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Mobile Test Pyramid - Adventures in QA

Mobile Test Pyramid

Anyone who is involved in software testing and software test automation should know the test automation pyramid introduced by Mike Cohn (http://www.mountaingoatsoftware.com/).

This article contains excerpts from my book „Hands-On Mobile App Testing“ published with Pearson Education.

As you can see in the following image, the typical pyramid consists of three layers. At the bottom, there is the automated unit-testing layer, in the middle the automated integration testing layer and at the top there is the automated end-to-end testing layer (including the user interface tests). Each layer has a different size, indicating the number of tests that should be written within each stage. Manual testing is not part of the test pyramid, hence it is shown as a cloud for additional testing work.

Test Pyramid - Adventures in QA

But this pyramid is not applicable to mobile apps and mobile test automation. Mobile testing requires a totally different set of testing activities like movement, sensors, different devices and networks compared to other software like desktop or web applications. Lots of manual testing is required to be sure that a mobile app is working as expected in the different usage scenarios.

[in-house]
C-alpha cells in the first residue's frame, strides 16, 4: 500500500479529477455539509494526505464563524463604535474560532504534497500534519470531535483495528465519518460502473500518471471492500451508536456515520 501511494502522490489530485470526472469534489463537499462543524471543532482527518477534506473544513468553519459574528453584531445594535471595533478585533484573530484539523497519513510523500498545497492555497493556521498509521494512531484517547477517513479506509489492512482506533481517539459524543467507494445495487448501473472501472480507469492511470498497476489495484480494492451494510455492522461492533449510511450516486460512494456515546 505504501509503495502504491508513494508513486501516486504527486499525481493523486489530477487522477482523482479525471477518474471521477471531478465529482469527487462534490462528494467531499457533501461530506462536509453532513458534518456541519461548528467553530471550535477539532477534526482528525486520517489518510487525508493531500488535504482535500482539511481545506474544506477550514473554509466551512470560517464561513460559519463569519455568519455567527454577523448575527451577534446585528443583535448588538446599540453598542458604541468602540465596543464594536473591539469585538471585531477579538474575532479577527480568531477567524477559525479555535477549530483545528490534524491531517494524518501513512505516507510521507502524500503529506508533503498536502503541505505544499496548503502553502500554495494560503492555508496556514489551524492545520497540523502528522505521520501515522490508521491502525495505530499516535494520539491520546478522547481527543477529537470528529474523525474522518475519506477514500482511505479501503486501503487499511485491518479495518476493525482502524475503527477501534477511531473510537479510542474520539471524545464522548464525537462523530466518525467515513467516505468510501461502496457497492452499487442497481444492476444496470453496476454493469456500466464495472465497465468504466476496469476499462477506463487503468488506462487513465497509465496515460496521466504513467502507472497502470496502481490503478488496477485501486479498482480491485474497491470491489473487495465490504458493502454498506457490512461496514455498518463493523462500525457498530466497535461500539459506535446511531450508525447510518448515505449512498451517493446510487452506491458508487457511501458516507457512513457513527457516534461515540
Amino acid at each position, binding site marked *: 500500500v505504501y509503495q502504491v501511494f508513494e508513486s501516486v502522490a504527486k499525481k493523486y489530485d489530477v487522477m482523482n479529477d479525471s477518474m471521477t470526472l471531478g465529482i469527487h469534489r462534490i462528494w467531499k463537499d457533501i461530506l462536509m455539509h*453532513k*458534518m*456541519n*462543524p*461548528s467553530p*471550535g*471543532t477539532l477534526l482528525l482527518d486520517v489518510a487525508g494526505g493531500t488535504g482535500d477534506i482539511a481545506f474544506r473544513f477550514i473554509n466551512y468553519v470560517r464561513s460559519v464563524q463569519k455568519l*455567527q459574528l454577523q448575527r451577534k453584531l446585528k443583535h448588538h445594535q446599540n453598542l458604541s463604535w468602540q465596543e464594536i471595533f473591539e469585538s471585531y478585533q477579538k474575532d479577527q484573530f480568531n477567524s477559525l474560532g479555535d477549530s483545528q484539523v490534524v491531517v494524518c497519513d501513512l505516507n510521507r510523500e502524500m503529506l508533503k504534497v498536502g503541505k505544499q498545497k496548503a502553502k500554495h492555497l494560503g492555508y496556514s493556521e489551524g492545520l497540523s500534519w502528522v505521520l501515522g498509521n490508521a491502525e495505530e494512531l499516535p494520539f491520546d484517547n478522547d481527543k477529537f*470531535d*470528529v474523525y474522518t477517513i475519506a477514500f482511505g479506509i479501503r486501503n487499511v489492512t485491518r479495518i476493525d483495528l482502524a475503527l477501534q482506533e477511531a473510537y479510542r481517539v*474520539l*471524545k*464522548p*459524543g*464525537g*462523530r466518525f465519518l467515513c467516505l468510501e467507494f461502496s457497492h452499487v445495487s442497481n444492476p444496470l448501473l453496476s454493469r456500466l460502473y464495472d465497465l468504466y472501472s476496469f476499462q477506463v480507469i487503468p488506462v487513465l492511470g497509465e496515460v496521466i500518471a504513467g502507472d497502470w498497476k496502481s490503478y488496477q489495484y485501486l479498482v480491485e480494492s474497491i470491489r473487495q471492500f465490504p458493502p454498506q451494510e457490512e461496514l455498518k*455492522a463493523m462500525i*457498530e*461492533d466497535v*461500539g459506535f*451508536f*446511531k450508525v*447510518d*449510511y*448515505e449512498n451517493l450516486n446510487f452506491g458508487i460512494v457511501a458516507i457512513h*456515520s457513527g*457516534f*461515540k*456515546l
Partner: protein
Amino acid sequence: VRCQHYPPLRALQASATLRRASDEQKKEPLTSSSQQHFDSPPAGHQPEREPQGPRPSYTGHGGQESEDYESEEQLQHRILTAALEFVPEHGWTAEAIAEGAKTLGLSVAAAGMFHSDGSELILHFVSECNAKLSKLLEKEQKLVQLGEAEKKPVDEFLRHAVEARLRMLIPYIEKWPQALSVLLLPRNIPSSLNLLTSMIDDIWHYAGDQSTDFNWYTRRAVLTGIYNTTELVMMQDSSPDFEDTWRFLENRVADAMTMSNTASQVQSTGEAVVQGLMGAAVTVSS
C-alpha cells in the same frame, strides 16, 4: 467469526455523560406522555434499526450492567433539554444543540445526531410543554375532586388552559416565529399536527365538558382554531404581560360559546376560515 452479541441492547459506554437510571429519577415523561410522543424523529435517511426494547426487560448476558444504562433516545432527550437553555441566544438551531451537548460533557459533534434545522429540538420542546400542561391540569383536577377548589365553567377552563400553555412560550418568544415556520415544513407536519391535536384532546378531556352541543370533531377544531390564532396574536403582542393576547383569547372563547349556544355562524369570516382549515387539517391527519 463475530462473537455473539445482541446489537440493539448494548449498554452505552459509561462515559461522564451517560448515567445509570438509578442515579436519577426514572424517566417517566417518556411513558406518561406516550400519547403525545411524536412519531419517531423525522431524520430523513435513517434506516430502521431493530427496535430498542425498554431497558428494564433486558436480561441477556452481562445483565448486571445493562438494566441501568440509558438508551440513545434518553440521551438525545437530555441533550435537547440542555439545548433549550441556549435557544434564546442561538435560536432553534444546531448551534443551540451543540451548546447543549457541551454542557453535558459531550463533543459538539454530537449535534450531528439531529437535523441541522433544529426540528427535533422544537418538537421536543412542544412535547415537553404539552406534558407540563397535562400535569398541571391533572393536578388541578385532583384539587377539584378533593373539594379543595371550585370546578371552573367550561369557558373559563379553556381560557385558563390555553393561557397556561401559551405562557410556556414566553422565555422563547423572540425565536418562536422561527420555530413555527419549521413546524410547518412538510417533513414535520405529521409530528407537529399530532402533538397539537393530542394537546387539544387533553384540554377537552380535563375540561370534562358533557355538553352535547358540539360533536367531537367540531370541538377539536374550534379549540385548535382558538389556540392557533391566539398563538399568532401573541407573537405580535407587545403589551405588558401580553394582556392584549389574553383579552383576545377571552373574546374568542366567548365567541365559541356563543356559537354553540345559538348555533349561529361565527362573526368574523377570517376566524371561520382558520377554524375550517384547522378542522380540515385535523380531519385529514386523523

Mobile test automation tools are currently not as mature as their counterparts for web and desktop applications, which leads to a flipped test automation pyramid. As the tools become increasingly mature, this pyramid is likely to flip back again because the default test automation pyramid is based on a more stable foundation (see the pyramid image below).

The default pyramid therefore can’t be used as an indicator for test automation and manual testing in the mobile world.

The flipped testing pyramid looks like this:

Flipped Test Pyramid - Adventures in QA

In this version of the pyramid, the automated unit testing layer is the smallest one. This is the case because not every unit or method of mobile apps can be tested in an isolated manner. In some cases, different APIs, layers or systems may need to be faked or mocked in order to get the small unit to work. This is also the case for every other software application, but in some cases mocking or faking other systems for mobile apps is much more complex. This is not efficient from a technical or economic point of view. However, it’s no excuse for not writing mobile unit tests at all. The main logic of an app can/ must be tested at the unit level.